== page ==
I suppose it depends what you mean by competency. Unless they're naturally a good 'people person', interpersonal skills don't always seem to be as honed as their technical skills until they've had a few years experience (I'm speaking from experience here, having encountered the mumbling and not very talkative 'newly qualified dentist' in the past!), but at 3 or 4 years, these things should be starting to come together.

Would someone with these qualifications be welcomed to work in an established private practice, to work on private patients. I need it explained in really dummy laymans terms please.

All dentists have to be qualified and registered with the General Dental Council to work as a dentist in the UK, but I would think that the more qualified and experienced someone is, then that would make them more attractive as a candidate when applying for jobs either in private practice or the NHS... Pretty much the same as in many other occupations.
 
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Jaylah

Former Member
I think this is perhaps one of those how long is a piece of string questions! If someone qualified 4 years ago, then that means they have 4 years practical experience in addition to their university training. They have to have met a certain level of competency and possess a certain level of knowledge in order to qualify in the first place. In other words, they must know what they're doing to a certain extent, otherwise they wouldn't have passed their exams!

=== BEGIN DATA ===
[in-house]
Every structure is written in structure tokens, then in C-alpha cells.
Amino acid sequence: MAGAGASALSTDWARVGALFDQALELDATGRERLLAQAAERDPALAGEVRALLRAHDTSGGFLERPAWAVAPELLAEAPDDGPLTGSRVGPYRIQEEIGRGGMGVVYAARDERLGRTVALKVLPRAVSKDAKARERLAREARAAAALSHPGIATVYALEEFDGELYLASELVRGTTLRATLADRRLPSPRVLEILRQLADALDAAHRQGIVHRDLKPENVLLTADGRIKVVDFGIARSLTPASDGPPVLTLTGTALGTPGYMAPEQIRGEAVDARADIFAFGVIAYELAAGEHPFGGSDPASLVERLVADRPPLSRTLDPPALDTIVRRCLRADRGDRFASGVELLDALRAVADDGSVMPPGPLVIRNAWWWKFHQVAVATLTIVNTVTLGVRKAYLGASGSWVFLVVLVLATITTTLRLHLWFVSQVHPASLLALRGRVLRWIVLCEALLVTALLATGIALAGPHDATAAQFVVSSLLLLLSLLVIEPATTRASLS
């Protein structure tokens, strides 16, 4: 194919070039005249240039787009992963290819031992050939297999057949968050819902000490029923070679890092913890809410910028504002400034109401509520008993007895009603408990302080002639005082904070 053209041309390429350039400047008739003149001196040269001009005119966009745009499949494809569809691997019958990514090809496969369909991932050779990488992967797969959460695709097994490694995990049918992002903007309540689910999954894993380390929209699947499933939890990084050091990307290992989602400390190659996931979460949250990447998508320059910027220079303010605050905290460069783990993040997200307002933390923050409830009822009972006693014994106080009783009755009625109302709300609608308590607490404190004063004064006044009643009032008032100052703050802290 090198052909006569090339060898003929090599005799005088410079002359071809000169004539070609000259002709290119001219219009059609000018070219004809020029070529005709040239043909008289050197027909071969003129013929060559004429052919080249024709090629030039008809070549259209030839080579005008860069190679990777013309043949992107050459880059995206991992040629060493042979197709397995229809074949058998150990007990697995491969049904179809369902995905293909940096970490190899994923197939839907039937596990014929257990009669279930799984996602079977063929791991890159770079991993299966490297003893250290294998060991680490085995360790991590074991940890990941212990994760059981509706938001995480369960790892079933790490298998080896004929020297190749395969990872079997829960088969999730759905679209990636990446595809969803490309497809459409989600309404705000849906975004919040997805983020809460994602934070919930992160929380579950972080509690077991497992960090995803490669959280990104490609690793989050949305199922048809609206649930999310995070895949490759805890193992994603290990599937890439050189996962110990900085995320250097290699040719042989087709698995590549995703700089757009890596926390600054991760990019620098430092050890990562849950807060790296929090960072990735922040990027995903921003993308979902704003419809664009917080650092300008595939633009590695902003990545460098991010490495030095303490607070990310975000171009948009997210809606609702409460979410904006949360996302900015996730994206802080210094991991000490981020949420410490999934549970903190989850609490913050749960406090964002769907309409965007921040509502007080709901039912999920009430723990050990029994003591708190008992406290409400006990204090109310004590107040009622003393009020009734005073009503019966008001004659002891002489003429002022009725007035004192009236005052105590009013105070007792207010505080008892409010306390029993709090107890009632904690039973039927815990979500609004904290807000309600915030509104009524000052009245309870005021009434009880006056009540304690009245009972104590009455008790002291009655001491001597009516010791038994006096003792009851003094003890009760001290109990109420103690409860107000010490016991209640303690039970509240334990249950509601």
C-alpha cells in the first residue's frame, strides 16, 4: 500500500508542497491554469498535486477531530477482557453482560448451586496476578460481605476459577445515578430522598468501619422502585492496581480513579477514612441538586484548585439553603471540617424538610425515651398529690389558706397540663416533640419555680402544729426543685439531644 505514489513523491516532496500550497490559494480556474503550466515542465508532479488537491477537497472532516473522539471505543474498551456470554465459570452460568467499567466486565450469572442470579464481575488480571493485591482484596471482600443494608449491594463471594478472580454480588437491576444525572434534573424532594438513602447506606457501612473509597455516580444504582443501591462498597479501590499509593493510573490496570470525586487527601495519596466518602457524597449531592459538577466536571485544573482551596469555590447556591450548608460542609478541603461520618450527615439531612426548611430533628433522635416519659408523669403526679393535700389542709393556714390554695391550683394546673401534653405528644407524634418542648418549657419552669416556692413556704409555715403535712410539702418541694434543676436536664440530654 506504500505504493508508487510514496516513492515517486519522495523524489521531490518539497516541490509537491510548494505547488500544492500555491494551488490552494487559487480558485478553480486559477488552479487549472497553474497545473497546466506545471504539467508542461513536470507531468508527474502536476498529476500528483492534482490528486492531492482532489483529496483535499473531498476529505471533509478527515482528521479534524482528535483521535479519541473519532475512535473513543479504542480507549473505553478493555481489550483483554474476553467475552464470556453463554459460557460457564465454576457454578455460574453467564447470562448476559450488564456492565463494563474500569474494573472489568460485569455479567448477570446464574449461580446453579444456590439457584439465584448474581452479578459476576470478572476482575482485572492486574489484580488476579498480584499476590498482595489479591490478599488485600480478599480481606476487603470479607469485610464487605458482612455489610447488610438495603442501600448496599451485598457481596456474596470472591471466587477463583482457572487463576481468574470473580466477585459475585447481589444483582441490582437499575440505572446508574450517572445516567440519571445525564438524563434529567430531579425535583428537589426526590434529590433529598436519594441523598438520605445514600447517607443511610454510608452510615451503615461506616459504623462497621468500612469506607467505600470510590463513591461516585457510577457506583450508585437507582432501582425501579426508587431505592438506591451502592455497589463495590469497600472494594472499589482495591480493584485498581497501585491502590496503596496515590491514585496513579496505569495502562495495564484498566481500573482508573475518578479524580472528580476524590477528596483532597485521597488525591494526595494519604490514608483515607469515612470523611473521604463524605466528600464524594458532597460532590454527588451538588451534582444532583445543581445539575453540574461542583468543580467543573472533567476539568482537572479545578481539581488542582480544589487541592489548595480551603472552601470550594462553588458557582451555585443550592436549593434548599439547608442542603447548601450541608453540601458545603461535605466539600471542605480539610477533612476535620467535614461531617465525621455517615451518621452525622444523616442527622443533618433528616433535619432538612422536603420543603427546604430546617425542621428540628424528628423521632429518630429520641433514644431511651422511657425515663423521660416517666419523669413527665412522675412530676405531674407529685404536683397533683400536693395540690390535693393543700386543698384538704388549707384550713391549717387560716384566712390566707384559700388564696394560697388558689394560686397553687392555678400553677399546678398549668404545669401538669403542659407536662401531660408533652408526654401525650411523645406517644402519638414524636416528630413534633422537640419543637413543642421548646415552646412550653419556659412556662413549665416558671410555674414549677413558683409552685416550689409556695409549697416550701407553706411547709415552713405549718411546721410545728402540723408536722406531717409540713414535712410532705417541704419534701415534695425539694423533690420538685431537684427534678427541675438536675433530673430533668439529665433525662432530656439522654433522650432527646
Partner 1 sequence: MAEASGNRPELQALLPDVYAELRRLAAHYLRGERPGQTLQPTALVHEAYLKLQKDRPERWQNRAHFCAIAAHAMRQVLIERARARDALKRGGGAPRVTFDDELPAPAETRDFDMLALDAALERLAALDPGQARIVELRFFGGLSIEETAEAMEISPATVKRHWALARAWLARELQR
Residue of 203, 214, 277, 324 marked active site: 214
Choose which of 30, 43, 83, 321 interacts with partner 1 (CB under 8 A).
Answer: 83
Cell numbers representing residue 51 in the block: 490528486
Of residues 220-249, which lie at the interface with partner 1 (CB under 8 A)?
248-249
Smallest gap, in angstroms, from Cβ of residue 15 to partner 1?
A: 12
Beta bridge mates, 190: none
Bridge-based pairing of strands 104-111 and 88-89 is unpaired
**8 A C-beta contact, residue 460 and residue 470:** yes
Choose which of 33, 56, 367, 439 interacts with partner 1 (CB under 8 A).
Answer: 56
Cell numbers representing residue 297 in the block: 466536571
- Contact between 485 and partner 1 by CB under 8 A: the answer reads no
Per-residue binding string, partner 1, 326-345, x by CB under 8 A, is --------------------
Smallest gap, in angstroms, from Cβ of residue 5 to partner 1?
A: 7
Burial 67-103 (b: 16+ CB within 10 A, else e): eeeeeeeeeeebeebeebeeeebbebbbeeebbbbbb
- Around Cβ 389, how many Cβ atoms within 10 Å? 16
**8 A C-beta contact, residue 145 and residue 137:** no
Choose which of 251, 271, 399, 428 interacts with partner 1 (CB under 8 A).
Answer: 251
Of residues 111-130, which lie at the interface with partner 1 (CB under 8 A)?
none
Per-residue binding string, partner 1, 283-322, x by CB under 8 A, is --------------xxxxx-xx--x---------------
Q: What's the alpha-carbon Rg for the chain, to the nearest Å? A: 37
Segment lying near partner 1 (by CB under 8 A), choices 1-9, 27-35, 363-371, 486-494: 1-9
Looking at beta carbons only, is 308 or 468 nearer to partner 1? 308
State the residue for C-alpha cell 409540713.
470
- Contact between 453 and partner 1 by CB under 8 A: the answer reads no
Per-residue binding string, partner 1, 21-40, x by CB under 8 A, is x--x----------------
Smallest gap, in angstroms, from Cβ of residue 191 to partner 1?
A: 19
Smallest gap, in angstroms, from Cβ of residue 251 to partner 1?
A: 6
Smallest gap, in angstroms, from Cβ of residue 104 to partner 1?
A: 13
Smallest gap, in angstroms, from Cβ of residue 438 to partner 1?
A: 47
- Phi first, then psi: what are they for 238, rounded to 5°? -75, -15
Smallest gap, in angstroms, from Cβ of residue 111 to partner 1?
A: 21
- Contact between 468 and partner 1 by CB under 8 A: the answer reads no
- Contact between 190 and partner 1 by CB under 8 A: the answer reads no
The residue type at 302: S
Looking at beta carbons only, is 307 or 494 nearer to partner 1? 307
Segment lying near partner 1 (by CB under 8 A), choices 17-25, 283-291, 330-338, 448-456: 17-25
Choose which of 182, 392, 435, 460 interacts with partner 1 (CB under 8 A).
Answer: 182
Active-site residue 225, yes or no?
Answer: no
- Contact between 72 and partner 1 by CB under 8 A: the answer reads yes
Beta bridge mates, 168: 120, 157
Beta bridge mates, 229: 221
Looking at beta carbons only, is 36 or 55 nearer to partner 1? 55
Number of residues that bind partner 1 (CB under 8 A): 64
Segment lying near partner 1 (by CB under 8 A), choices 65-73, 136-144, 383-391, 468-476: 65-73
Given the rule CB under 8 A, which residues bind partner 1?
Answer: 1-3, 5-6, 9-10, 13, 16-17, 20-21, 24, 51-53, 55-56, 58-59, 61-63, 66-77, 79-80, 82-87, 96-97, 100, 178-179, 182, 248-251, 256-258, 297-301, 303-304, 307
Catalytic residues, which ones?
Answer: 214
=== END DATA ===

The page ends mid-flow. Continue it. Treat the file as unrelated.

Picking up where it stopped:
I would imagine that dentistry is much like a lot of other careers in that the real learning takes place once you qualify and start to gain experience in the real world. Having spent a few years in the past as a patient at an NHS practice where I saw several dentists (because they never stayed more than a couple of years), I've seen quite a few dentists with varying levels of experience, from newly qualified to around 5 years experience.

In terms of competency (from a patient's gut feeling/perspective about whether or not the dentist knows what they're doing), I would say that in the first couple of years post qualification, they're still quite 'nervous' about getting things right and are not always that confident, because they're still getting used to being in the big wide world of dentistry (even though they probably did work placements during their training). After 2 or 3 years, they seem to settle down a bit and develop a bit more confidence in what they're doing (either that or they develop the ability to give off an air of confidence even when they're not :p), whilst still being keen to continue their learning (which is why they often go on to do further training).